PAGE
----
First Black Lives Matter mural on a university campus comes to Miles College

Miles College2 First Black Lives Matter mural on a university campus comes to Miles College
The Bender Administration is bringing big changes to Miles Campus and beyond. Photo courtesy of Miles College SGA.

“To manifest change you have to first acknowledge that change is needed.” Miles College, the only Historical Black College or University (HBCU) in the Birmingham area will also be the only college to have a Black Lives Matter Mural on its campus. This monumental first is achieved in part through SGA President Jeanette Bender and her cabinet.

NOTE from Miles College: “The campus is currently closed to visitors due to Covid-19. We encourage anyone interested in seeing the artwork in person to refrain from visiting the campus until the school reopens in August.

The first of its kind at any Historical Black College or University

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A rough sketch of the design for the mural. Photo via Fitz Hand Painted Signs on Facebook.

Miles College has always been a school on the forefront. That’s how Jeanette described her university as she explained the motivation felt by her cabinet and herself for the installation of the Black Lives Matter mural on campus.

“It’s our community. Our responsibility. Fairfield is not just a place where our school sits in the middle—it’s our home. We’re trying to uplift our community and show the city of Fairfield we stand behind them.”

Jeanette Bender, Miles College SGA President, rising senior majoring in biology and pre-med with a concentration in neuroscience (yeah, she’s amazing)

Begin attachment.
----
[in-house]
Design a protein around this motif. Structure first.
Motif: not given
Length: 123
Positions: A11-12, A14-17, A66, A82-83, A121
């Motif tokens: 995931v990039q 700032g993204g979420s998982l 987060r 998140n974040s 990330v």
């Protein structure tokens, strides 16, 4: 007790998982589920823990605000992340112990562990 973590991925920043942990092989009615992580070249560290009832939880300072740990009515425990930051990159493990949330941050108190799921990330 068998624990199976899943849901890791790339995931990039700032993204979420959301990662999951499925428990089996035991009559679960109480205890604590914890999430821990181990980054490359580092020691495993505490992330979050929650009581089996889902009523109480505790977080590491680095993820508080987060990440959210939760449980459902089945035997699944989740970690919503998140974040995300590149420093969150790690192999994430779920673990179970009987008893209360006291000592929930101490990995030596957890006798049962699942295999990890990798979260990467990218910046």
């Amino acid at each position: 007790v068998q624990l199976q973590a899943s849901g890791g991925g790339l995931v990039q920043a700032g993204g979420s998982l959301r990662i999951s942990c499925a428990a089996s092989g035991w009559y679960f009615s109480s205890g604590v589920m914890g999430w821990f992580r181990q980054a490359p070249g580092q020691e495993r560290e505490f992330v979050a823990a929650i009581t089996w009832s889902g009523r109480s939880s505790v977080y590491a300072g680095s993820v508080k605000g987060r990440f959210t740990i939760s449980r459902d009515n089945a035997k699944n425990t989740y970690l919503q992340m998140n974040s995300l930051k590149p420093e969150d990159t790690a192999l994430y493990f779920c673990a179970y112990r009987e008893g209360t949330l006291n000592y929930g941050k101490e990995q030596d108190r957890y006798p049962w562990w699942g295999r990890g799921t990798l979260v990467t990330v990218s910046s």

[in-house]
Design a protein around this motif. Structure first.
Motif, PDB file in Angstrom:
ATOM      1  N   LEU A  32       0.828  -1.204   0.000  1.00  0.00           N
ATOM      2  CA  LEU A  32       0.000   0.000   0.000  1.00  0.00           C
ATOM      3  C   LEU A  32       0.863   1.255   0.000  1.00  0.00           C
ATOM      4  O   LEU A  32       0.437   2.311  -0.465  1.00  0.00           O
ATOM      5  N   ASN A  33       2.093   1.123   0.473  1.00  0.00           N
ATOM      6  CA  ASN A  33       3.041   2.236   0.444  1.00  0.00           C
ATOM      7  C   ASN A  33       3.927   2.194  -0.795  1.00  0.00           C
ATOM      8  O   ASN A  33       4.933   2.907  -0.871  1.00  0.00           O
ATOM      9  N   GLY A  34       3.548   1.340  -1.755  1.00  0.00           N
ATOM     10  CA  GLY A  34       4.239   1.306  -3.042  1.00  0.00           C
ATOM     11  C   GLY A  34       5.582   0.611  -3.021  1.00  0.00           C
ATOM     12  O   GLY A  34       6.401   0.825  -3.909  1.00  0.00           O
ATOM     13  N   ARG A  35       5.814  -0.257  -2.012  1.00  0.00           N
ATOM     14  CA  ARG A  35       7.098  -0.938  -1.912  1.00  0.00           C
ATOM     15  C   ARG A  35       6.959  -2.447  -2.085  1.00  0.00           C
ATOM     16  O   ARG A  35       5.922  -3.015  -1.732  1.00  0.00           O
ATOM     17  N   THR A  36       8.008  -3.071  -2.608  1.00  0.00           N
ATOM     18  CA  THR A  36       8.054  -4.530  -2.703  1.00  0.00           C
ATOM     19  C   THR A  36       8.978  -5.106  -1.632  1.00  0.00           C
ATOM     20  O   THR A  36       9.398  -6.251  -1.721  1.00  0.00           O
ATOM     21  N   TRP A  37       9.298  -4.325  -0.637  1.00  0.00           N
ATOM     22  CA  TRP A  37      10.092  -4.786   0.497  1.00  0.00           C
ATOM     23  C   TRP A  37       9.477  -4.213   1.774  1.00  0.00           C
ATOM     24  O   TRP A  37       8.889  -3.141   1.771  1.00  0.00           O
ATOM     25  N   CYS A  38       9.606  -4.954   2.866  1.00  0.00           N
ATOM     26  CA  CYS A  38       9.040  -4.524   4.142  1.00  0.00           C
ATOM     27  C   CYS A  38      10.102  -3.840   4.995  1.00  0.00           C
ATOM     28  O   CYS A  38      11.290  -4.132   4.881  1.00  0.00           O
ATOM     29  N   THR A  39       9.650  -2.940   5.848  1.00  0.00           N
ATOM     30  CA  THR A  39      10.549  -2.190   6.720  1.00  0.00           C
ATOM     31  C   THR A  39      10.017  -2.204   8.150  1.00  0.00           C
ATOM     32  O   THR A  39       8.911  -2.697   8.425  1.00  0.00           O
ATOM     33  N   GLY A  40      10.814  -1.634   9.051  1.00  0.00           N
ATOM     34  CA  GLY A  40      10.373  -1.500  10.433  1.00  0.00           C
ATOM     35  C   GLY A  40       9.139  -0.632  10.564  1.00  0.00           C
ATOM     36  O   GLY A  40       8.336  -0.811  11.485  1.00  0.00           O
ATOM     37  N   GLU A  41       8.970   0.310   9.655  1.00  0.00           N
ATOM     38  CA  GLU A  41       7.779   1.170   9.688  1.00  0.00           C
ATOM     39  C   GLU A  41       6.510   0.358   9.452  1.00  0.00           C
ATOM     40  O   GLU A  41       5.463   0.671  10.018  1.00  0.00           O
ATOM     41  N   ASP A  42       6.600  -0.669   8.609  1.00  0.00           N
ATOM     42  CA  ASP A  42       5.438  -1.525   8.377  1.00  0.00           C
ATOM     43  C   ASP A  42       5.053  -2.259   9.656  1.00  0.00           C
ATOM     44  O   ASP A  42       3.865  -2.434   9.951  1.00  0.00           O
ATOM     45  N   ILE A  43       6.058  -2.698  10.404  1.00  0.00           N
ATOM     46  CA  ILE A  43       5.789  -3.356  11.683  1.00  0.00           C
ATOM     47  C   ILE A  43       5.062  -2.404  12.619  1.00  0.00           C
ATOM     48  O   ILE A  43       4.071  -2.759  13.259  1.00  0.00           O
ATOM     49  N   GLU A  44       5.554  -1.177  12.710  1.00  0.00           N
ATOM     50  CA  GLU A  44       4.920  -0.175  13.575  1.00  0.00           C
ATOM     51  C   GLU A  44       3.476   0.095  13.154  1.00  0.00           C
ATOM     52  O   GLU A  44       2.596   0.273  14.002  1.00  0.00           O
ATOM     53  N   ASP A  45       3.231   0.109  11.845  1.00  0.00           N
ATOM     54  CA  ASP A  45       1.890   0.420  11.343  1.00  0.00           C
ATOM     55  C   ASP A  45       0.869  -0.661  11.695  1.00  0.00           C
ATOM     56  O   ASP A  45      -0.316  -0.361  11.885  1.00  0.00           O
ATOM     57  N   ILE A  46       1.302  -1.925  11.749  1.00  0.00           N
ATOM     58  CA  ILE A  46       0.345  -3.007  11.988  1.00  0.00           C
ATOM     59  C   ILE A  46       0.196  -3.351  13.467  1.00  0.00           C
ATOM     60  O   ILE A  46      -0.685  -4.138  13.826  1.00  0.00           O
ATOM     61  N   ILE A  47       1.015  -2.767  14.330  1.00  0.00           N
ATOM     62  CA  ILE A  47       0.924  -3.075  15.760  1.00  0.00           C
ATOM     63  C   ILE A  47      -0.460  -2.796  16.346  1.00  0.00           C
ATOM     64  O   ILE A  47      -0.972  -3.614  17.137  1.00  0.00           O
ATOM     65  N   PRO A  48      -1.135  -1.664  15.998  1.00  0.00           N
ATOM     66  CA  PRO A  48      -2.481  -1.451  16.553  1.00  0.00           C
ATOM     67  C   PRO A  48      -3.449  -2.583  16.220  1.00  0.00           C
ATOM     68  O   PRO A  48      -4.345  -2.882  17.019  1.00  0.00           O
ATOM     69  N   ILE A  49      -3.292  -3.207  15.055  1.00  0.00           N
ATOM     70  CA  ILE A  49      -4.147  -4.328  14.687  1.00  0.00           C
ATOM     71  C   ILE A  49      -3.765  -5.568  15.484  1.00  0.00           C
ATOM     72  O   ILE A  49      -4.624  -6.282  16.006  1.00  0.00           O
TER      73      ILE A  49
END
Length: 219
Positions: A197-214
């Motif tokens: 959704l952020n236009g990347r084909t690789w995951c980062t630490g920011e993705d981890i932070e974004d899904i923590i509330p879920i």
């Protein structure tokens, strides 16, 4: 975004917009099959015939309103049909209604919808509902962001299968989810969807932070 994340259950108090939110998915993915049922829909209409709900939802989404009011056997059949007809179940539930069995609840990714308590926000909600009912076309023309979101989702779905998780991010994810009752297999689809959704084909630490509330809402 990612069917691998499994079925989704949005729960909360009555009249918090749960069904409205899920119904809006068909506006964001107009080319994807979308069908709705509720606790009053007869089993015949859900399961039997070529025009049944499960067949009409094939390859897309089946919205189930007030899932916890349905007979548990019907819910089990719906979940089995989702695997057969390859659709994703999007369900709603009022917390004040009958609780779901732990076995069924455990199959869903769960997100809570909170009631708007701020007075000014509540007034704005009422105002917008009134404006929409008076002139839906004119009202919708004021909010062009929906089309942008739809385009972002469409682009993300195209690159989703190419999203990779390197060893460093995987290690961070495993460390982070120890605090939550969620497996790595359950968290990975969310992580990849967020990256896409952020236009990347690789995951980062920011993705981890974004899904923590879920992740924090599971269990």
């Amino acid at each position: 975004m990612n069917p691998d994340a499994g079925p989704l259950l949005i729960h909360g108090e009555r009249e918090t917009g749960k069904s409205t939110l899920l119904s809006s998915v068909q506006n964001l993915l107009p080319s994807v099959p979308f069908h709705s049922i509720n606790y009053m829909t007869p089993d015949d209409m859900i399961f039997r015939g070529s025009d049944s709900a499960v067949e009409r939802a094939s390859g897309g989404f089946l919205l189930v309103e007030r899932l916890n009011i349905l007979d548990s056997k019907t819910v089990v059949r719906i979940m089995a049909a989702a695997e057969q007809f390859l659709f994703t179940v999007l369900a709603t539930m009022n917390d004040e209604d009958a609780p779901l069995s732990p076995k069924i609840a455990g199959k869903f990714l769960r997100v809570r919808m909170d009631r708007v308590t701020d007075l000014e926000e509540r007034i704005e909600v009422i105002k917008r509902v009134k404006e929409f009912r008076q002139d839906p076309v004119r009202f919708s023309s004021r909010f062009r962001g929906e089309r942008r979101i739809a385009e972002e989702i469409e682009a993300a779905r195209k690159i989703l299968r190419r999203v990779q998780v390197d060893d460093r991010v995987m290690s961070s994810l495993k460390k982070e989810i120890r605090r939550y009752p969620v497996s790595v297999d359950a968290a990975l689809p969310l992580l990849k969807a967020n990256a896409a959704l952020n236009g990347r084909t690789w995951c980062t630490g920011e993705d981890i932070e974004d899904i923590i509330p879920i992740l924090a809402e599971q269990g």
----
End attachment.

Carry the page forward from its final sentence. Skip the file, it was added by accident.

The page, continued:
The mural will be completed through the collaboration of Miles College SGA and the Black Lives Matter Birmingham Chapter. Miles College received donations from The Rock City Church and the Black Lives Matter Birmingham Chapter to go toward the project.

“I think it will have a huge impact because the Black Lives Matter movement right now is so big. It’s not only Black people that are outraged by the deaths that have occurred—it’s everyone. We’re not saying all lives don’t matter, because they do, but Black lives are the ones that are in danger right now.

So for Black kids to come back to Miles College and see, ‘Hey we do matter to someone,’— it’s going to be a huge impact on the world, not just our campus.”

Jeanette Bender

“It’s a movement that’s going to be down in history.”

Other SGA presidents and chapters from various schools have reached out to Jeanette inspired, saying they want to do something similar on their own campuses.

The effort couldn’t be completed without Jeanette’s cabinet, who she thanked over and over for being a strong team that works with and supports her always, and through moments like these

“With my cabinet, our initial motto running for the presidency was ‘prepare for change.’ To manifest change you have to first acknowledge that change is needed.

It wouldn’t be okay if I just did it for now, we have to do it forever. We want everyone to know that Miles College is for change and it will pour into future generations.”

Jeanette Bender

Past and present meet on parallel streets

In part of her push toward change, Jeanette cited Frank Dukes—the president of Miles College’s SGA in the 1960s and an influential Civil Rights Movement Leader. He led the Anti-Injustice Committee and was a huge driving force behind desegregating white businesses in downtown Birmingham.